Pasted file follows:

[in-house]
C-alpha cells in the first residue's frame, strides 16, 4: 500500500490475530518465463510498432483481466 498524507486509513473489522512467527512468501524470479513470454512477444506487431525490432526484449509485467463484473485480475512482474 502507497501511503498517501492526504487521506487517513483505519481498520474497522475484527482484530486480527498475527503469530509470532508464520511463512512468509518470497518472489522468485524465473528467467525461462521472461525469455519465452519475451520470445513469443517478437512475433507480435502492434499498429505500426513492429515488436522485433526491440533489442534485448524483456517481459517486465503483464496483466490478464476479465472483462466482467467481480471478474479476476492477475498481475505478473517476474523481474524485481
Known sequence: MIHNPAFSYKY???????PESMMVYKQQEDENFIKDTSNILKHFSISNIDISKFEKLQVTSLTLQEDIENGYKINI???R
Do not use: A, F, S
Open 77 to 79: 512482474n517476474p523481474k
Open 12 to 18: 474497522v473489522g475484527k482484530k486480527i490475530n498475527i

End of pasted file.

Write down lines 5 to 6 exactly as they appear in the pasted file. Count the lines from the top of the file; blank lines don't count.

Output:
Open 77 to 79: 512482474n517476474p523481474k
Open 12 to 18: 474497522v473489522g475484527k482484530k486480527i490475530n498475527i